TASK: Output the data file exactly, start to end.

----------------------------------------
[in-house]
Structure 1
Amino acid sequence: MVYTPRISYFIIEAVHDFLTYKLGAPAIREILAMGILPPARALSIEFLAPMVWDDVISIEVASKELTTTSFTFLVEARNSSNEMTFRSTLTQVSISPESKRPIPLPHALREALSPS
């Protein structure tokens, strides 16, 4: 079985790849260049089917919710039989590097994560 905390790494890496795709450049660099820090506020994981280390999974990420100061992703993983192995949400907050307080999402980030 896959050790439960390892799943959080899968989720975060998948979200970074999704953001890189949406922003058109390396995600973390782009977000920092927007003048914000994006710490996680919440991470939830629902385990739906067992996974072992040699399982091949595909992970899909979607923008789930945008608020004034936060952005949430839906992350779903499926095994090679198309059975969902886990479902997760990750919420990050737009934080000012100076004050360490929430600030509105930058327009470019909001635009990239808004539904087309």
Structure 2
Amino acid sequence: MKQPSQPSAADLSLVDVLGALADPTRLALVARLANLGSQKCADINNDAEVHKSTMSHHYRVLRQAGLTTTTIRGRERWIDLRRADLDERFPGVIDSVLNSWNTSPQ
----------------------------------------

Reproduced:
[in-house]
Structure 1
Amino acid sequence: MVYTPRISYFIIEAVHDFLTYKLGAPAIREILAMGILPPARALSIEFLAPMVWDDVISIEVASKELTTTSFTFLVEARNSSNEMTFRSTLTQVSISPESKRPIPLPHALREALSPS
């Protein structure tokens, strides 16, 4: 079985790849260049089917919710039989590097994560 905390790494890496795709450049660099820090506020994981280390999974990420100061992703993983192995949400907050307080999402980030 896959050790439960390892799943959080899968989720975060998948979200970074999704953001890189949406922003058109390396995600973390782009977000920092927007003048914000994006710490996680919440991470939830629902385990739906067992996974072992040699399982091949595909992970899909979607923008789930945008608020004034936060952005949430839906992350779903499926095994090679198309059975969902886990479902997760990750919420990050737009934080000012100076004050360490929430600030509105930058327009470019909001635009990239808004539904087309």
Structure 2
Amino acid sequence: MKQPSQPSAADLSLVDVLGALADPTRLALVARLANLGSQKCADINNDAEVHKSTMSHHYRVLRQAGLTTTTIRGRERWIDLRRADLDERFPGVIDSVLNSWNTSPQ